SALT LAKE CITY (AP) - The police department in a polygamous community on the Utah-Arizona border is inflicted by an entrenched culture of following sect leader edicts at the expense of the constitutional rights of nonbelievers and should be disbanded, the federal government recommended Friday in a new court filing.
Outside agencies such as local county sheriffs need to handle the duties because of the deep-rooted control of the town marshals by leaders of a polygamous sect run by imprisoned leader Warren Jeffs, the U.S. Department of Justice attorneys said.
The recommendations are proposed punishment for the towns after a jury in Phoenix found in March that the towns denied non-sect followers of basic services such as police protection, building permits and water hookups.
A federal judge has set a four-day hearing in October to address the issue. Attorneys for the towns said the government is asking for unprecedented action that is unwarranted.
Justice attorneys say less severe remedies, such as assigning an outside monitor to the department, wouldn't be sufficient to change the culture. They say 30 percent of town marshals over the last 15 years have been decertified, including four chiefs since Warren Jeffs took over in the early 2000s.
It is not the first time authorities have called for elimination of the department - attorneys general in Utah and Arizona have been making similar calls for years - but this one has weight because it's the federal government and comes on the heels of the victory in the civil rights case.
The government is also asking a judge to assign an independent monitor to watch over municipal staff in Colorado City, Ariz., and Hildale, Utah, and have access to city meetings and documents.
"It's exactly what needs to happen," said Richard Holm, a government witness who left the sect in 2003 but still lives in the area. "To have the light of day shone on all those city council meetings and all that goes on there through open and independent set of eyes is very important."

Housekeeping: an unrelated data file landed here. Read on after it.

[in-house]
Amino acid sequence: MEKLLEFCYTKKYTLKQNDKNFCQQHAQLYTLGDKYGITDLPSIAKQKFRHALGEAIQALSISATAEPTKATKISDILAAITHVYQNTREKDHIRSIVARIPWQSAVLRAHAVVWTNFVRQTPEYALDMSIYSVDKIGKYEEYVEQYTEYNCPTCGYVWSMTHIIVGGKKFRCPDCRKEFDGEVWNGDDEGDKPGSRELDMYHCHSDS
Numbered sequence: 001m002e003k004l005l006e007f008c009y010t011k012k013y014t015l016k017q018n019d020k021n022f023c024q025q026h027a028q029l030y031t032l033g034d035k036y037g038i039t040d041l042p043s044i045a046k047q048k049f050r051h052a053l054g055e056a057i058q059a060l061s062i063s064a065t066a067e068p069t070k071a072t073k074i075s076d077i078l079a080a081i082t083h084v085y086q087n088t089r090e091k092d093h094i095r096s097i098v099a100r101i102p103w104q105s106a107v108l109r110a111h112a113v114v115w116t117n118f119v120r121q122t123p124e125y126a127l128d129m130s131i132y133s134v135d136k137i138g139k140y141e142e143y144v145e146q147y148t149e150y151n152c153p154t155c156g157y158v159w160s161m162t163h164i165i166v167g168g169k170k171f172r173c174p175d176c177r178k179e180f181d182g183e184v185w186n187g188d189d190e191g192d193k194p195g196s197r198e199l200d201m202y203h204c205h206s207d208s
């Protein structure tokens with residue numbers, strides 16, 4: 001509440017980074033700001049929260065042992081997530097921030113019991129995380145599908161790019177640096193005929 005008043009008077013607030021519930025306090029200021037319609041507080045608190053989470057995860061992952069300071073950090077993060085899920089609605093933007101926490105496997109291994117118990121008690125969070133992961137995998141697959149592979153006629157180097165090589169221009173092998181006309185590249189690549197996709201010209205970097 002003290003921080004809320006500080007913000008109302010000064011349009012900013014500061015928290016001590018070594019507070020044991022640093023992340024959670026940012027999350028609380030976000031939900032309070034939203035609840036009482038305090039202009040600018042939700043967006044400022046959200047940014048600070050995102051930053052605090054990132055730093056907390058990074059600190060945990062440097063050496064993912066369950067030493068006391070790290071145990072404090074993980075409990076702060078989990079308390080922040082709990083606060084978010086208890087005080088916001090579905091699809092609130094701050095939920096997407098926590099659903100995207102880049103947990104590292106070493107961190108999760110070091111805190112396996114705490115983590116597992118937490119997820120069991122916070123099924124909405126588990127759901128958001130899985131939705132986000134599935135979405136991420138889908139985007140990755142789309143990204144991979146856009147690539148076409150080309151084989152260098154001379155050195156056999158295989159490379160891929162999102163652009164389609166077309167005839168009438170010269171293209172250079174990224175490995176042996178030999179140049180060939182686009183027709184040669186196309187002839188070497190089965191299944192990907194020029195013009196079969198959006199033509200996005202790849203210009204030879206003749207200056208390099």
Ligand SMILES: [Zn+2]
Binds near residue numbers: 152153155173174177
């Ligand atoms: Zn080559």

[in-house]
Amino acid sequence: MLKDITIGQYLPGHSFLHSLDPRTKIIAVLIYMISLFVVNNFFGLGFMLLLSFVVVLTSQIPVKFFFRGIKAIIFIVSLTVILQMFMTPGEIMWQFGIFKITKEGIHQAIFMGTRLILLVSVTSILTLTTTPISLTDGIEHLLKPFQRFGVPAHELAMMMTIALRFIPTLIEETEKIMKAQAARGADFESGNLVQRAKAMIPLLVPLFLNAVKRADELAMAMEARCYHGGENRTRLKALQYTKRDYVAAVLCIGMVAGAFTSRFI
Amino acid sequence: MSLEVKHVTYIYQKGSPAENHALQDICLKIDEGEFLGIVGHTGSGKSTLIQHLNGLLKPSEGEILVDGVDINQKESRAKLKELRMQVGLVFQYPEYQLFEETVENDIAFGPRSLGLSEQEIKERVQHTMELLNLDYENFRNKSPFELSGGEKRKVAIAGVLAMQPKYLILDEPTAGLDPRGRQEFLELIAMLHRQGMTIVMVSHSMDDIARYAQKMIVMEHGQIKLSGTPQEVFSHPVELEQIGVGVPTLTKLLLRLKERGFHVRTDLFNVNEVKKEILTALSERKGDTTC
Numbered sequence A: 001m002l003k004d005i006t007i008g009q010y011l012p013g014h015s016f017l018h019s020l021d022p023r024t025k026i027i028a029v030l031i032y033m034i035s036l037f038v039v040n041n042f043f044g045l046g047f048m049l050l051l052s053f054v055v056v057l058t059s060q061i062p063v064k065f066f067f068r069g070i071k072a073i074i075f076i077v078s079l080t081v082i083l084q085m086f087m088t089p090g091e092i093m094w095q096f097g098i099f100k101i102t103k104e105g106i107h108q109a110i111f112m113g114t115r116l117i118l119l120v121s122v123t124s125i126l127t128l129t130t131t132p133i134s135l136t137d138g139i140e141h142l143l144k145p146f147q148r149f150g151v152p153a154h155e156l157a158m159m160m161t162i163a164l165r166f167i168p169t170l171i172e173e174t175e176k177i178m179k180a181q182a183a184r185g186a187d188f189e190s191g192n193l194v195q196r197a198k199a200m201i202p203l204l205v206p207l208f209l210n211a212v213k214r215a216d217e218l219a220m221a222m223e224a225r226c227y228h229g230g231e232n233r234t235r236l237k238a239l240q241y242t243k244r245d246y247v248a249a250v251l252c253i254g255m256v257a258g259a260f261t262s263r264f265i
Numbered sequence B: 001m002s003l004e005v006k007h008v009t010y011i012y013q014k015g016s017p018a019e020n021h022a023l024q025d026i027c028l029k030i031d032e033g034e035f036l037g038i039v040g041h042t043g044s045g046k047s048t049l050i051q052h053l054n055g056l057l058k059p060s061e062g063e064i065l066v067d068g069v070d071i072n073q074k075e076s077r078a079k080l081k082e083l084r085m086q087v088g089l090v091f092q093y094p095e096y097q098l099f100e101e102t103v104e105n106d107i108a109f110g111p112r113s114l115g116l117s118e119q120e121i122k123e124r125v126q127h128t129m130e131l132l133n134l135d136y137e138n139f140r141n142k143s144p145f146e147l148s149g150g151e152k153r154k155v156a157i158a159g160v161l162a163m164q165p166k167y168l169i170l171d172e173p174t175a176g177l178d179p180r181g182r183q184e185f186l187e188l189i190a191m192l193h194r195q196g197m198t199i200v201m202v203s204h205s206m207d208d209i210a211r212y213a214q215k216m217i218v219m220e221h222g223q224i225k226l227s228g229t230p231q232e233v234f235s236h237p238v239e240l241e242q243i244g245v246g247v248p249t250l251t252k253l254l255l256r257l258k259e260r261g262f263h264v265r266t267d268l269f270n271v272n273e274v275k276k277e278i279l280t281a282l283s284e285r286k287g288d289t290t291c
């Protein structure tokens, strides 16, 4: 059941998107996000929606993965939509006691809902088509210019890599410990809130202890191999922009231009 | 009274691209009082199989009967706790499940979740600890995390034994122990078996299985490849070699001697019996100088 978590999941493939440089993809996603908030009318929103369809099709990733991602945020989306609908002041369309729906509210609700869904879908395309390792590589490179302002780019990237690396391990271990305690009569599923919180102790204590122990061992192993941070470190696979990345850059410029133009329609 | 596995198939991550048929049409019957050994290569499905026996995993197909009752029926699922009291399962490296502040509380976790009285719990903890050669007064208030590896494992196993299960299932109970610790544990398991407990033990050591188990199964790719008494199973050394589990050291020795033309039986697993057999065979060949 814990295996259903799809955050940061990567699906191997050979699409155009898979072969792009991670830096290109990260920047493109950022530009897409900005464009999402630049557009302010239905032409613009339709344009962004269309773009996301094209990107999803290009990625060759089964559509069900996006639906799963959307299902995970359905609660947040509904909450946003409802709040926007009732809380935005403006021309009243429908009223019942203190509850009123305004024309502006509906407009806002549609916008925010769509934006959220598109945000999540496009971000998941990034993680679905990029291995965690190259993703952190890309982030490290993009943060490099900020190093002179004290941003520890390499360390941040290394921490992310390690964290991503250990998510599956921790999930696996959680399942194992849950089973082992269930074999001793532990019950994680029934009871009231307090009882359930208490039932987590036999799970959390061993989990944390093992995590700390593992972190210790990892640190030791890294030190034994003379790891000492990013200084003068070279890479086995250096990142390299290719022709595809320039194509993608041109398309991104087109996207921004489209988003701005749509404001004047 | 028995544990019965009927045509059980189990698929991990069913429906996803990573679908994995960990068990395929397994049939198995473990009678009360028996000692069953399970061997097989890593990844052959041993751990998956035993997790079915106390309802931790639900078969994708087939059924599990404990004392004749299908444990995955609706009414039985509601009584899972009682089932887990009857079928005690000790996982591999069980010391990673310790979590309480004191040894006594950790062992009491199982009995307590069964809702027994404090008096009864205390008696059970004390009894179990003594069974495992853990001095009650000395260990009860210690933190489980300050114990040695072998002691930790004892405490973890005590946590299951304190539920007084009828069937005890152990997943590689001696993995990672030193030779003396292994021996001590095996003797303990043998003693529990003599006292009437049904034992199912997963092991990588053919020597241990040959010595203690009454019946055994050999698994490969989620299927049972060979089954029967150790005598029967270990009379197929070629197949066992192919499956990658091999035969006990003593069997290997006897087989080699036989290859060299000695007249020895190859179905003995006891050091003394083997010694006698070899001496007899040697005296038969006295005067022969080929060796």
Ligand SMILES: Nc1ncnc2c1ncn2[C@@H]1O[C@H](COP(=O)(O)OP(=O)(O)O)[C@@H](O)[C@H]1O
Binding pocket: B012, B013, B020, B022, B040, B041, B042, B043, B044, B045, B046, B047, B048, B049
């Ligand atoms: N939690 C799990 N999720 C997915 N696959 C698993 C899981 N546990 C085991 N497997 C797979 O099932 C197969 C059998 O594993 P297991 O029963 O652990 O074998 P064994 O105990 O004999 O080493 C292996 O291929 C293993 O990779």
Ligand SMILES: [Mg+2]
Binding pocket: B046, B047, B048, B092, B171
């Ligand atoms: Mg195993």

Under the government's proposed punishment, Colorado City would also approve a plan to subdivide properties. The delay of that plan has prevented Utah from reassigning properties that are part of a church trust taken over by the state more than a decade ago after allegations of mismanagement.
Utah Attorney General Sean Reyes he backs the plan "if adequate law enforcement resources can be found as a replacement." Justice attorneys don't offer specifics about how it would work other than saying the towns would contract with outside agencies for policing and dispatch.
Hildale attorney Blake Hamilton said they'll fight against a proposal that is unwarranted.
"We're not talking about a pattern of civil rights violations like the deep South. We're not talking about people being raped and beaten," Hildale attorney Blake Hamilton said. "We're talking about people claiming religious discrimination."
The towns denied the allegations during the trial and said the government was persecuting town officials because it disapproves of their religion.
Colorado City attorney Jeff Matura said no town officer has been decertified by Utah or Arizona state policing agencies for at least eight years.